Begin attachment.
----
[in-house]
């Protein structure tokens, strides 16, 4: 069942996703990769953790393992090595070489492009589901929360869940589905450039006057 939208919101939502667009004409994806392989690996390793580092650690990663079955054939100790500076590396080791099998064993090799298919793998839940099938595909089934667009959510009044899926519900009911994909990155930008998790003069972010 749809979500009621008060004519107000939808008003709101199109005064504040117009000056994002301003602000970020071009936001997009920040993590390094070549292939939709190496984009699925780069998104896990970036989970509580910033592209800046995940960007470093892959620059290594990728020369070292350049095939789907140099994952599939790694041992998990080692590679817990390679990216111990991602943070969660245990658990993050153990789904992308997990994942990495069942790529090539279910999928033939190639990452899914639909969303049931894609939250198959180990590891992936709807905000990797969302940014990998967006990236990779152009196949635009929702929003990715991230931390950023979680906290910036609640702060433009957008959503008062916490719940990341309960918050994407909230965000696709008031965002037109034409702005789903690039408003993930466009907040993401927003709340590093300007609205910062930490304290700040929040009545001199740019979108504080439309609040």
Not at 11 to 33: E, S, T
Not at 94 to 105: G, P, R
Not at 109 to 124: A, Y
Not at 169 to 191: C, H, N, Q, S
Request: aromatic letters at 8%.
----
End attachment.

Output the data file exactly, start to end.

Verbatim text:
[in-house]
């Protein structure tokens, strides 16, 4: 069942996703990769953790393992090595070489492009589901929360869940589905450039006057 939208919101939502667009004409994806392989690996390793580092650690990663079955054939100790500076590396080791099998064993090799298919793998839940099938595909089934667009959510009044899926519900009911994909990155930008998790003069972010 749809979500009621008060004519107000939808008003709101199109005064504040117009000056994002301003602000970020071009936001997009920040993590390094070549292939939709190496984009699925780069998104896990970036989970509580910033592209800046995940960007470093892959620059290594990728020369070292350049095939789907140099994952599939790694041992998990080692590679817990390679990216111990991602943070969660245990658990993050153990789904992308997990994942990495069942790529090539279910999928033939190639990452899914639909969303049931894609939250198959180990590891992936709807905000990797969302940014990998967006990236990779152009196949635009929702929003990715991230931390950023979680906290910036609640702060433009957008959503008062916490719940990341309960918050994407909230965000696709008031965002037109034409702005789903690039408003993930466009907040993401927003709340590093300007609205910062930490304290700040929040009545001199740019979108504080439309609040």
Not at 11 to 33: E, S, T
Not at 94 to 105: G, P, R
Not at 109 to 124: A, Y
Not at 169 to 191: C, H, N, Q, S
Request: aromatic letters at 8%.